What We Do
It is our goal to raise the best beef cattle that we can while improving the health of the range. Our diverse backgrounds may have stressed our marriage but they have been of a great benefit in achieving our goal. Carl's family raised Hereford cattle for generations. Barb's Dad decided that Aberdeen Angus was a better breed and switched to Angus in the 1960's back when your could hardly give black calves away. Barb majored in animal husbandry while Carl majored in agronomy. She is left handed and he is right.
Our herd started out as commercial Angus with one token Hereford. Then Barb decided that she would like to try a few British Whites for the simple reason that they were "cute". Raising cows because they are cute was not one of the areas that we agreed on. However, we did agree on how to manage and work cows. Both of us work quietly and calmly while keeping an eye on the body language of the cows. Our commercial Angus were tame in the pasture but when we gathered them in the corral they became nervous. Bent gates, frayed nerves and stressed humans was the usual result. The British Whites were always mentioned as being calm. We figured that was because as a semi-rare breed they were used to a lot of attention.
We had placed our first British White bull in with the cows for a period of time before we put the mature Angus bulls in with the cows. The British White bull appeared to be a bull in name only as he was just a calf. However, that calf bred some 30 plus cows as evidenced by all the little white calves that started dropping come February. The black bulls were relegated to clean up duty. When we gathered the cows for branding we noticed a great difference in the herd. The black cows were still nervous with their heads up high and their eyes big as big can be. The white cows were watching the commotion and wondering what the matter was. The big change was the calves, they were also just calmly watching the show their mothers were putting on. The next big change was at weaning time when the cross bred calves were much larger than the black calves.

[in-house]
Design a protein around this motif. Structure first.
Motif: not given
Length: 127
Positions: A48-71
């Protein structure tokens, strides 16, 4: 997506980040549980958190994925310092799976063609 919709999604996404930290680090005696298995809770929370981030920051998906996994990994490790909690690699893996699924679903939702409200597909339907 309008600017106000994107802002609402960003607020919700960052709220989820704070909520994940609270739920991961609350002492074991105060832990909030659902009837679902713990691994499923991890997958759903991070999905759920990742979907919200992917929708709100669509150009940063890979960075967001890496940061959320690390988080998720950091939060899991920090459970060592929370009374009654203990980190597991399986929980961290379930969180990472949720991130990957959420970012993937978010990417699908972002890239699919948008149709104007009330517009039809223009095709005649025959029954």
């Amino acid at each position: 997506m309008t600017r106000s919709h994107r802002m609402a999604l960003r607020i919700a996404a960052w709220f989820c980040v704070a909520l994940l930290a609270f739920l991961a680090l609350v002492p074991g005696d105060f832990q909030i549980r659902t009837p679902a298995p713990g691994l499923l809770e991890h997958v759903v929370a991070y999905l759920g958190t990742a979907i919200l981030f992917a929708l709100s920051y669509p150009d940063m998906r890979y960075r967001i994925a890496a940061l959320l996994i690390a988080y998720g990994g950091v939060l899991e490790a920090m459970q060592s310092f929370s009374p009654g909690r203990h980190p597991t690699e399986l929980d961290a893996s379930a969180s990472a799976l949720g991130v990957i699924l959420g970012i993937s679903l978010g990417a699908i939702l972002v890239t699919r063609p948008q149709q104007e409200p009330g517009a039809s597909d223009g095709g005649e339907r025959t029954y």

In addition to improving our herd we also tried to improve our range. We cross fenced, spot sprayed weeds, rotated our pastures and in general tried to be good stewards of the land. The payoff came, not in money but in a remark a neighboring rancher made. He had just sold over 100 calves of various weights and he commented on how good the price was for a certain weight of calves. He said of course that he had not had any calves that big. The weight mentioned was our cull cutoff weight. We expected all of our calves to be bigger than his biggest calf!